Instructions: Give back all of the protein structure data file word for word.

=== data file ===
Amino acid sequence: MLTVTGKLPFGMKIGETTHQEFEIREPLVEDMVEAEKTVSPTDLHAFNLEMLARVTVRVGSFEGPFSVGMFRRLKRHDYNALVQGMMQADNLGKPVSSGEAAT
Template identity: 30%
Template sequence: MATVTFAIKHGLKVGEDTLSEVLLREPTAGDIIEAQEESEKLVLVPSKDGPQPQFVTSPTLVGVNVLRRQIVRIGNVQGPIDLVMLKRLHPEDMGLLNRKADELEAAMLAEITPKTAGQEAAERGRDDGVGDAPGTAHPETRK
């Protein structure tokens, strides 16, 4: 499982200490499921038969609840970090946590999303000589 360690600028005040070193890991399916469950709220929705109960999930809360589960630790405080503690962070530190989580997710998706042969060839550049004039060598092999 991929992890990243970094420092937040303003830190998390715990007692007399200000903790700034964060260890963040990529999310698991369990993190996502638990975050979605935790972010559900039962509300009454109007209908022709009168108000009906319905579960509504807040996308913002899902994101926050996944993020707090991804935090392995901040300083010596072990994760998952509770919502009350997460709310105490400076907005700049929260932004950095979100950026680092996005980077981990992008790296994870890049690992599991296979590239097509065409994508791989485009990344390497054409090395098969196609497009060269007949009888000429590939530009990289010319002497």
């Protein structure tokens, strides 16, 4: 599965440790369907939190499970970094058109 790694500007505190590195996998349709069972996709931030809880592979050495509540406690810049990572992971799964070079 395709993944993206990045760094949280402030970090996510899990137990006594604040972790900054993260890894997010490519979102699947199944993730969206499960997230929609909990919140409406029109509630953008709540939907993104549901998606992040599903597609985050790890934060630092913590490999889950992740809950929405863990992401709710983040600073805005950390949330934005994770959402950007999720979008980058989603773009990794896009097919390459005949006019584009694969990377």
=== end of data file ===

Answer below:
Amino acid sequence: MLTVTGKLPFGMKIGETTHQEFEIREPLVEDMVEAEKTVSPTDLHAFNLEMLARVTVRVGSFEGPFSVGMFRRLKRHDYNALVQGMMQADNLGKPVSSGEAAT
Template identity: 30%
Template sequence: MATVTFAIKHGLKVGEDTLSEVLLREPTAGDIIEAQEESEKLVLVPSKDGPQPQFVTSPTLVGVNVLRRQIVRIGNVQGPIDLVMLKRLHPEDMGLLNRKADELEAAMLAEITPKTAGQEAAERGRDDGVGDAPGTAHPETRK
């Protein structure tokens, strides 16, 4: 499982200490499921038969609840970090946590999303000589 360690600028005040070193890991399916469950709220929705109960999930809360589960630790405080503690962070530190989580997710998706042969060839550049004039060598092999 991929992890990243970094420092937040303003830190998390715990007692007399200000903790700034964060260890963040990529999310698991369990993190996502638990975050979605935790972010559900039962509300009454109007209908022709009168108000009906319905579960509504807040996308913002899902994101926050996944993020707090991804935090392995901040300083010596072990994760998952509770919502009350997460709310105490400076907005700049929260932004950095979100950026680092996005980077981990992008790296994870890049690992599991296979590239097509065409994508791989485009990344390497054409090395098969196609497009060269007949009888000429590939530009990289010319002497």
């Protein structure tokens, strides 16, 4: 599965440790369907939190499970970094058109 790694500007505190590195996998349709069972996709931030809880592979050495509540406690810049990572992971799964070079 395709993944993206990045760094949280402030970090996510899990137990006594604040972790900054993260890894997010490519979102699947199944993730969206499960997230929609909990919140409406029109509630953008709540939907993104549901998606992040599903597609985050790890934060630092913590490999889950992740809950929405863990992401709710983040600073805005950390949330934005994770959402950007999720979008980058989603773009990794896009097919390459005949006019584009694969990377």